THE RIVER AND THE WALL
Five somewhat wacky men and women travel down the Rio Grande that divides the United States and Mexico in The River and The Wall, looking at how the proposed border wall will impact this area. The scenery is beautiful, but this is not an objective film on this contentious issue. The River and The Wall is squarely opposed to having a physical barrier, though whether their opposition is based on ecological or political reasons is as open to interpretation as some of the vistas we are treated to.
Wildlife filmmaker Ben Masters is both director and one of the travelers on the 62-day journey from El Paso to Brownsville, Texas using a variety of travel methods. Along with National Geographic photographer Filipe DeAndrade, river guide Austin Alvarado, ornithologist Heather Mackey and associate director for the Texas Wildlife and Parks Association Jay Kleberg, our intrepid travelers use bicycles, horses, canoes and walk across the 1,200 miles.
There are interviews with two Congressmen that represent major parts of the U.S./Mexico border, failed Presidential candidate Beto O'Rourke (Democrat) and retiring Will Hurd (Republican), along with Mexicans they meet when they slide over to the opposite side and ranchers further down the Rio Grande. We see the beauty of some desolate places, along with some of the group's surprising incompetence when it comes to the journey.
Some of them find horse riding comically difficult, we see one canoe about to drift off when they are distracted by goats and have them face a conflict near the end when canoeing at night. They sense people are crossing but do not know whether to contact the Border Patrol or not, unsure if they are merely people crossing or drug smugglers plying their craft.
The building of a physical wall is a personal issue for two of our travelers as both DeAndrade and Alvarado were respectively undocumented or children of undocumented people. They tell us their tales as we keep going further across majestic scenery.
Finally, after two months, our five travelers finally arrive at the Gulf of Mexico, joyful to have made the journey.
It should be clear that The River and The Wall is squarely opposed to a physical barrier. Both O'Rourke and Hurd make cases against it, albeit from different points of view. We also see the impracticability of a physical barrier along certain sections of the border, particularly in the Big Bend Ranch Park and Big Bend National Park, with towering cliffs making the river highly impassible.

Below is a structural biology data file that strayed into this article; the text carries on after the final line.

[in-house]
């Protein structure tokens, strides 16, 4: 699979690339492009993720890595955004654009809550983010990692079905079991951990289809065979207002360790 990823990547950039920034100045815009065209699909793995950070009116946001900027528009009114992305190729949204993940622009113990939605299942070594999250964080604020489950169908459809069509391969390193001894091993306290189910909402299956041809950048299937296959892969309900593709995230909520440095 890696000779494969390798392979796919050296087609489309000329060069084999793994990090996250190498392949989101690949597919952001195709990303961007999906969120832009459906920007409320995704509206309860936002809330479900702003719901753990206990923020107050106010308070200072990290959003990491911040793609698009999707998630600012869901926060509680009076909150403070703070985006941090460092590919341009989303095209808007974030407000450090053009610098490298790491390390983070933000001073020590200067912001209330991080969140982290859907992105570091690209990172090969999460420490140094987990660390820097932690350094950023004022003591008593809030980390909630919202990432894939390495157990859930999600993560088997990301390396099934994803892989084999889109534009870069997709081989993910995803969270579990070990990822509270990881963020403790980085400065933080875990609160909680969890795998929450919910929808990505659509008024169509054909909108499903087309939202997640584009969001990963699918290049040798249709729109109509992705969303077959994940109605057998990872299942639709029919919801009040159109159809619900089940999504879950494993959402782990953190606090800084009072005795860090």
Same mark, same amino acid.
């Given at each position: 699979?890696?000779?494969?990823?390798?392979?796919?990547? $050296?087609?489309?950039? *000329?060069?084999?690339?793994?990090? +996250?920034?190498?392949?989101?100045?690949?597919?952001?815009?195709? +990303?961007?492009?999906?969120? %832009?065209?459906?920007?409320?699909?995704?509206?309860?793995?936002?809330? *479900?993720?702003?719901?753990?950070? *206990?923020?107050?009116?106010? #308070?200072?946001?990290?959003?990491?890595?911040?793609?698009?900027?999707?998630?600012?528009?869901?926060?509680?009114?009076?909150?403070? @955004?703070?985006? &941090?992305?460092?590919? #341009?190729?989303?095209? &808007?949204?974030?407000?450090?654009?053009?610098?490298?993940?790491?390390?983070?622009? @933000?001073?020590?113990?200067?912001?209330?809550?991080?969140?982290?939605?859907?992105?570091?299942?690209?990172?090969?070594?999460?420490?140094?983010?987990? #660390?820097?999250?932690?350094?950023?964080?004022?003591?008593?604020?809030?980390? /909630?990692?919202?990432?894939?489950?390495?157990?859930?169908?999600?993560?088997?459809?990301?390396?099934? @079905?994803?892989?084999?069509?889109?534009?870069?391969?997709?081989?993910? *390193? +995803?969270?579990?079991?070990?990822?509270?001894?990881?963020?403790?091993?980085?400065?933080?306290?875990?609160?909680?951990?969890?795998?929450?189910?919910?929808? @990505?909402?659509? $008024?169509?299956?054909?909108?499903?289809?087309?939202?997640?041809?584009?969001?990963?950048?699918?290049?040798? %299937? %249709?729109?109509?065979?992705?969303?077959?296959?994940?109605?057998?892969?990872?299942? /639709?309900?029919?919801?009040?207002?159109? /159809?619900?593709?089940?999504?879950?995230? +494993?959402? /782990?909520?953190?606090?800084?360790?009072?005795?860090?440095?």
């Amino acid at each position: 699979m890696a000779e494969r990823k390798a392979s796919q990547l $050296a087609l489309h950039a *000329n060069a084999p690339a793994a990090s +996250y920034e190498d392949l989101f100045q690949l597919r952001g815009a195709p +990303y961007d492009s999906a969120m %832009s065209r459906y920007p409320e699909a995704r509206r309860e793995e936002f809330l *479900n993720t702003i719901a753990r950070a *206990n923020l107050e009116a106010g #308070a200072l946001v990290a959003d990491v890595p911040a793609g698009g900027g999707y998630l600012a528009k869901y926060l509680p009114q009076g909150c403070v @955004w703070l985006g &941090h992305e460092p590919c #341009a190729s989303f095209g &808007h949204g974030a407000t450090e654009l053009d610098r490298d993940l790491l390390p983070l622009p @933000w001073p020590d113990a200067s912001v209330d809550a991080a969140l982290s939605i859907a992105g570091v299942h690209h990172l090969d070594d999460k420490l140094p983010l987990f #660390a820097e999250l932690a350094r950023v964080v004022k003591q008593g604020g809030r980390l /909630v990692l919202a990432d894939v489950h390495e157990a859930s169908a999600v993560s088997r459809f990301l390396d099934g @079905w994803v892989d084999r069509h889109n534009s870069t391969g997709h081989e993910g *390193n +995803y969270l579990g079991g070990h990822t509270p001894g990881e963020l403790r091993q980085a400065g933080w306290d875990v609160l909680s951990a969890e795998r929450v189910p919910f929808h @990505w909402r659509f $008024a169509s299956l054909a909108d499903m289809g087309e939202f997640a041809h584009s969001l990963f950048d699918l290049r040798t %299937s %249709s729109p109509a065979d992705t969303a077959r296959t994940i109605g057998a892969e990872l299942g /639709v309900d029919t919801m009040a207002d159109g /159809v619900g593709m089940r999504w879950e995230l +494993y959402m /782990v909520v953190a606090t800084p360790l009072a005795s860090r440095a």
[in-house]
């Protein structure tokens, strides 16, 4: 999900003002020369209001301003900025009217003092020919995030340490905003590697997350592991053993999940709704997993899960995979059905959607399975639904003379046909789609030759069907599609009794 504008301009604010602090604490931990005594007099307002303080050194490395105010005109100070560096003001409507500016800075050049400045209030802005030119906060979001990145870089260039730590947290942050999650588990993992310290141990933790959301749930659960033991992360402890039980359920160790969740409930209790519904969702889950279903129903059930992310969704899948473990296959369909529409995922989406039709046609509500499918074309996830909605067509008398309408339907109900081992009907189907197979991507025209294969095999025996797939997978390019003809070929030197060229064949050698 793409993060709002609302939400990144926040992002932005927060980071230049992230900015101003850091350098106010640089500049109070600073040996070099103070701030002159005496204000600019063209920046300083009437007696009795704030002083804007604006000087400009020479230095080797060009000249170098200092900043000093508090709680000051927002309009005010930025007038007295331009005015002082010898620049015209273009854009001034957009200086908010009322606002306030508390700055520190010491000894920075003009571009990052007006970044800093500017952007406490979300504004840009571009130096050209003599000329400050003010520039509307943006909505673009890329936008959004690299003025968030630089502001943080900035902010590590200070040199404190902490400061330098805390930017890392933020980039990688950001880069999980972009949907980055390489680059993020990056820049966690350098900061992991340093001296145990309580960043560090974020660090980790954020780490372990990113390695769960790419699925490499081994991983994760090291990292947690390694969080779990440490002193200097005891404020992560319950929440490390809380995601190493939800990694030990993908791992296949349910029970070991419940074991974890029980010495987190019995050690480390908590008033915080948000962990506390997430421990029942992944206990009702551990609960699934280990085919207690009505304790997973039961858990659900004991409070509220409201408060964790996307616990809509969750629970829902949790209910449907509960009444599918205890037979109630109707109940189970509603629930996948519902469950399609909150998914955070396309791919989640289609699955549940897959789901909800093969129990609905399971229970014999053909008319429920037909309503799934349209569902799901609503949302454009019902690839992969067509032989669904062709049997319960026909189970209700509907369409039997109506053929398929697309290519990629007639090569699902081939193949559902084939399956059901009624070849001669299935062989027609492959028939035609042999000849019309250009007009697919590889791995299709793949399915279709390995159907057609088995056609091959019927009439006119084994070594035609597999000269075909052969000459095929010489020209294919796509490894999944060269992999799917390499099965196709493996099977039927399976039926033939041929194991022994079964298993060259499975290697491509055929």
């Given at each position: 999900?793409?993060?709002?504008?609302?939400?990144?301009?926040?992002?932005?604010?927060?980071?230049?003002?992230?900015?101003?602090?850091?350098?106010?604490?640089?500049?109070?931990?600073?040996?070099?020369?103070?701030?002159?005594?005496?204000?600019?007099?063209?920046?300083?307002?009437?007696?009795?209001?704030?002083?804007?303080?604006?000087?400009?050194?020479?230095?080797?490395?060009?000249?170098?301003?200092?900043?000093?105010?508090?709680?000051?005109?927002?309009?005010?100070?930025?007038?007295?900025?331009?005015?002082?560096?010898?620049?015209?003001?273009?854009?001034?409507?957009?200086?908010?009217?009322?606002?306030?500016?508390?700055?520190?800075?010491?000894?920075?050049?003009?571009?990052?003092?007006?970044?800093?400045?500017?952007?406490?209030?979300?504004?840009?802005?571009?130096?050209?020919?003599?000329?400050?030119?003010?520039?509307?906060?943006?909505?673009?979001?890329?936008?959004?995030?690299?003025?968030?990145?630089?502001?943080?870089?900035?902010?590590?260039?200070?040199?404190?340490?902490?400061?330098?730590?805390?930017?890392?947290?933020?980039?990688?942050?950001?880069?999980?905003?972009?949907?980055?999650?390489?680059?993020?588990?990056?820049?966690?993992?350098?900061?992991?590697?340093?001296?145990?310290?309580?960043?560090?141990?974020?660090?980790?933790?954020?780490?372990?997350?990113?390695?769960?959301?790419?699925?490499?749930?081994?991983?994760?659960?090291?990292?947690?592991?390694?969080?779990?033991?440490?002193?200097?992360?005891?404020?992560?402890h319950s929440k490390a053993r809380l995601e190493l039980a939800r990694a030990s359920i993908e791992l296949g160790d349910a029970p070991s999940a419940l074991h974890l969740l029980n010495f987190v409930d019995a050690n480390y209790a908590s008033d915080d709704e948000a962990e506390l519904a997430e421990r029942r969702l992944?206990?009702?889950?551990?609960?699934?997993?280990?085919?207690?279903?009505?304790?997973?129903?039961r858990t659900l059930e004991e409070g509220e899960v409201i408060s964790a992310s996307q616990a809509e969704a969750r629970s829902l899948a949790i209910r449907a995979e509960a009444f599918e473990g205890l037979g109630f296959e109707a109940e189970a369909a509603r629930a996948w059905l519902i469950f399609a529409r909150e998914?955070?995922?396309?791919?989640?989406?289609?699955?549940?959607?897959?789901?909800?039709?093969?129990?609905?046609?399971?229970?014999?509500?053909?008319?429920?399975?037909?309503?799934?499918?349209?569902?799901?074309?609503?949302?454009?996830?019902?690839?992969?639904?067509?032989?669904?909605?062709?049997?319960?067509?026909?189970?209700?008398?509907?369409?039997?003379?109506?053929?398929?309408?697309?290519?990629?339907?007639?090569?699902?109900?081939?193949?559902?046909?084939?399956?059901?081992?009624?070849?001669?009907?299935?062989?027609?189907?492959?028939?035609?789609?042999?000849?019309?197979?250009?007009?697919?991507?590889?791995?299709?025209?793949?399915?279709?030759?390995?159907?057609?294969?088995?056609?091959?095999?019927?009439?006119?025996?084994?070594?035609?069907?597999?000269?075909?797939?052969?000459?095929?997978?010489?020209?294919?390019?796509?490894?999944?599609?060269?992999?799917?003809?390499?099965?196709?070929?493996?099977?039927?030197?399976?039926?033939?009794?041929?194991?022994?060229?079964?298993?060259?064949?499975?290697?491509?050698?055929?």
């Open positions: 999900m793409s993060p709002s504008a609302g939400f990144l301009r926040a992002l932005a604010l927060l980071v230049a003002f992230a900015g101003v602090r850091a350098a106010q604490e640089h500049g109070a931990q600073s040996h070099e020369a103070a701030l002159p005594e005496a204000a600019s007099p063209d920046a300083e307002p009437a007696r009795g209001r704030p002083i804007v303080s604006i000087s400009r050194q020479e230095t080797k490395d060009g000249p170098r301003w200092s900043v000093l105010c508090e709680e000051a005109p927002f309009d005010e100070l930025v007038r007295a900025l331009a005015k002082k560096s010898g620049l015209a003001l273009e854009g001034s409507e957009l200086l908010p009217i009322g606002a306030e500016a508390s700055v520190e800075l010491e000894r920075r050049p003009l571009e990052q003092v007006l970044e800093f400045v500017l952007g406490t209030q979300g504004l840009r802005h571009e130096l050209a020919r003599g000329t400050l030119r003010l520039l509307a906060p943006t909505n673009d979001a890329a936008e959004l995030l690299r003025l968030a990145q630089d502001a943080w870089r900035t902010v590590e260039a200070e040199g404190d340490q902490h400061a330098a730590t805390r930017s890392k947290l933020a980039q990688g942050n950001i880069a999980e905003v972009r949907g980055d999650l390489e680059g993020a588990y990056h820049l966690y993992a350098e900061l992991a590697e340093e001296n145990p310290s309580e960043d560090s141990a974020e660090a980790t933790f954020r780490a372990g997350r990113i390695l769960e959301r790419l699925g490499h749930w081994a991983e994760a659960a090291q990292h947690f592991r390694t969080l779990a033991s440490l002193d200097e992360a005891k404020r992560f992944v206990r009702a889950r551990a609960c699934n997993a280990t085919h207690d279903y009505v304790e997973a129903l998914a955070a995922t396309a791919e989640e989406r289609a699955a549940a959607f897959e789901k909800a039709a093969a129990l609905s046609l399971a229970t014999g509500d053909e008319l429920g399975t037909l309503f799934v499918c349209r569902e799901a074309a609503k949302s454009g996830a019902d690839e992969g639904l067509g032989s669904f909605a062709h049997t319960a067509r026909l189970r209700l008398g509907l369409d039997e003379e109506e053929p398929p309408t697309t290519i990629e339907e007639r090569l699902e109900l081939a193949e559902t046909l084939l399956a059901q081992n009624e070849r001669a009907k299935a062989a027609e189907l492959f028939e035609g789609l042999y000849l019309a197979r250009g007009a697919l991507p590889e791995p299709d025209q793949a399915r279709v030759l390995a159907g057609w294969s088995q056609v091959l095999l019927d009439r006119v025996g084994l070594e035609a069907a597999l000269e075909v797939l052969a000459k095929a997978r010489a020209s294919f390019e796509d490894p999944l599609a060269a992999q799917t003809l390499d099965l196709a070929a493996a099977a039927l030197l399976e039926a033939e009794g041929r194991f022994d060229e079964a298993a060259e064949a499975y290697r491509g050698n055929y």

The River and The Wall's opposition, while couched along environmental lines in showing the damage such a barrier would inflict on the natural wonders we see, is also made clear by the sympathetic portraits of the DeAndrade and Alvarado stories. DeAndrade came with his mother from Brazil when he was six by flight and she deliberately overstayed her visa. Alvarado is the only natural-born member of his immediate family which crossed illegally from Guatemala. Both groups later became naturalized citizens.
That both the DeAndrade and Alvarado families violated the law is treated as a non-issue, an unimportant almost pesky detail. There were extenuating circumstances that justified such acts: family and national violence respectively. DeAndrade and Alvarado have the most overt reasons to oppose a wall, but every traveler has a motive to not want a physical barrier.
The Mexicans happily fishing on their side of the river with its open spaces versus that blocked American side warn them of the dangers the Zeta drug cartel poses, telling them that they use that stretch to smuggle drugs. As they endure a frightening night, their struggle on reporting what activity they see or not makes clear they would have no issue letting those crossing the border enter. People bringing in drugs is another matter.
The O'Rourke and Hurd interviews are interesting in that we have two opposing forces surprisingly in agreement on certain points with regards to a physical wall. Both Congressmen come across as measured and sane, with no rancor towards the other, thoughtful and with some ideas that have common ground. The brief mention of a long-proposed bi-national park similar to the Waterton-Glacier International Peace Park along the U.S./Canada border is something I wish they had explored more. As a lifelong Texas resident, this is the first time I ever heard of such a plan.
As a side note, it's a pity to see O'Rourke sound sane given that his Presidential campaign collapsed in part due to some ideas so extreme even some of his fellow Democrats were aghast (such as his idea to remove tax-exempt status for churches that would not sanction same-sex marriages until they essentially came to heel with government policy).
The River and The Wall makes a very firm, strong and rational case as to the impracticality of building a physical barrier on the U.S./Mexico border. I think sometimes it could not resist gilding the lily with its position when visually the film makes a better case against the wall than some of their family histories did.
It's a good and necessary film even if at times it makes the travelers look like idiots (Austin shouting, "I'm officially in Mexico! Let's go get some tacos!" sounding particular boorish). The River and The Wall is not meant to be objective, but it is well thought-out and crowned with majestic images of a vast and wild area.